As it turns out, it was the right decision! We got to the school with the students in class, but as soon as they saw us they ran out. The teacher just smiled so I was pretty relieved we weren’t in trouble for disrupting the class. All this little girl wanted to do was hold my hand.

After the school visit, we passed by the blacksmith. I was crossing my fingers he’d be there since I was told it was a hit or miss if he’s around. I had been told ahead of time that I could buy a knife from him and when we walked in, I knew I was going to buy something! Like everything about the area, it was just so authentic and real. I wanted to buy something because it’d forever connect me to that moment I walked in. He was sharpening the blade like his life depended on it. His wife was the one who greeted us and showed us the selection and when I finally settled on the one I wanted, that’s when he went to work.

He took the knife and proceeded to spend the next 10 minutes sharpening and cleaning it. Once he was done, that’s when he finally looked up.

I paid $2.50 for the knife and I’d say the experience and the photos alone were priceless, let alone that I got a knife as well! The polished and very sharp finished product even came with a little reading material.

Along the bike tour, we also visited a local rice liquor distillery. I was shown the process of how it’s produced from start to finish. I also met the pigs who are fed the fermented rice and because of that are pretty much constantly drunk. More proof that nothing goes to waste around here! As for the rice liquor itself, whoa. It’s 70-proof and packs a punch! A very hot day was made much warmer after taking a shot of it, but when in Vietnam, right? As for the sanitary conditions of the jugs in which the liquor was being held, I had to take another leap of faith that I wouldn’t go blind from it.

Oh yea, and a baby was swinging in a hammock while everyone was working. No big deal.

We also hit up a medicine man, a women’s Buddhist temple that prepared us a little snack and a rice production facility. All these stops are part of the bike tour that the Nguyen Shack offers and Maxime sees them daily, so we were always welcomed with open arms.

After a long day of floating and land market with a long bike ride, it was time to head back and relax. I was told that a free massage as offered. Free massage, sign me up! Well, it was actually a free Fire Cupping Massage. I posted it on Instagram at the time and I think the photo and the comments pretty much say everything that needs to be said.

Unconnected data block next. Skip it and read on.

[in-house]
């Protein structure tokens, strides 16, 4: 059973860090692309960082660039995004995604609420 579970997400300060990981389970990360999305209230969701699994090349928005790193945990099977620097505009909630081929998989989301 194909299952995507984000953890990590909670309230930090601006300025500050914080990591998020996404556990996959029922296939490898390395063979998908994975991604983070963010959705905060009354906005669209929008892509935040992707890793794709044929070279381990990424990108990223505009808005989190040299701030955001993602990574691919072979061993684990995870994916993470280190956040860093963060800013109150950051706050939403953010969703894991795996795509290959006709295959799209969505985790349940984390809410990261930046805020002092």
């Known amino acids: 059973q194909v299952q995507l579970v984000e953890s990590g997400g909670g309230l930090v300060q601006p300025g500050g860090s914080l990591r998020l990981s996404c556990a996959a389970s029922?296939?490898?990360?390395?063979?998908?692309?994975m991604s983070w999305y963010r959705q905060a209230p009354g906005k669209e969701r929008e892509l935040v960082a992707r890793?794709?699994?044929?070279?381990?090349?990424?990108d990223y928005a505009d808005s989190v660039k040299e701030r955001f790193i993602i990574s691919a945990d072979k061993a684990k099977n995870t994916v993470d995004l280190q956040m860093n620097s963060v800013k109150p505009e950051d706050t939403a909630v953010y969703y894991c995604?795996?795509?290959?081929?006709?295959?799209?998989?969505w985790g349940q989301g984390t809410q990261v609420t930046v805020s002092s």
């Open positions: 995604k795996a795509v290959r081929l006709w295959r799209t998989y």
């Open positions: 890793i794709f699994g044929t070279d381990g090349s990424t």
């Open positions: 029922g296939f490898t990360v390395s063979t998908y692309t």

This also happened. I was told it wasn’t an actual cockfight, but more like they were just playing around. Neither of them got hurt (it seemed) but I’ll be honest, this did not sit well with me at all. The way the kids and adults were all hooting and hollering, it was definitely a reminder that I was not a local!

After a jam-packed couple of days, it was time to pack-up and head to Saigon for my long-awaited bowls of pho and street food. But not before one final smiling face said peace to me on my boat-ride back to the bridge.

Thanks again to Maxime and the staff for the wonderful hospitality and memories. Unfortunately, I didn’t get to meet Maxime’s fiancee Theu as she was up north in Ninh Binh (about 3 hours by bus from Hanoi) opening up their second homestay. It’s now open and cannot wait to head up north for my next visit!

*Disclosure – As mentioned above, I received 50% off my stay for writing about my time at the Nguyen Shack Homestay. I didn’t have to write anything positive, but I think we can all agree that my experiences were positively amazing!

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7 Responses to A Leap of Faith, a Floating Market and a Swinging Baby in Vietnam’s Mekong Delta

  1. Robert February 7, 2014 at 1:33 pm #

    Sounds (and images) like you had a great time. What\’s this about going back!
    Thanks for sharing and I still can’t get over the “free” massage.

    • Ethan February 14, 2014 at 3:55 am #

      Not anytime soon, but one of these days!
      Need that “free” massage again.

  2. Paula February 7, 2014 at 3:52 pm #

    Those that get up each and every day to run their businesses in the land and water markets are truly inspirational entrepreneurs. We here in Canada have little to nothing to complain about re *working conditions* I thoroughly enjoyed your post and pictures. The people/children steal your heart.

    • Ethan February 14, 2014 at 3:54 am #

      It puts everything into perspective, huh? And the kids, totally!

  3. sippitysup February 7, 2014 at 5:38 pm #

    Wow! GREG

    • Ethan February 14, 2014 at 3:54 am #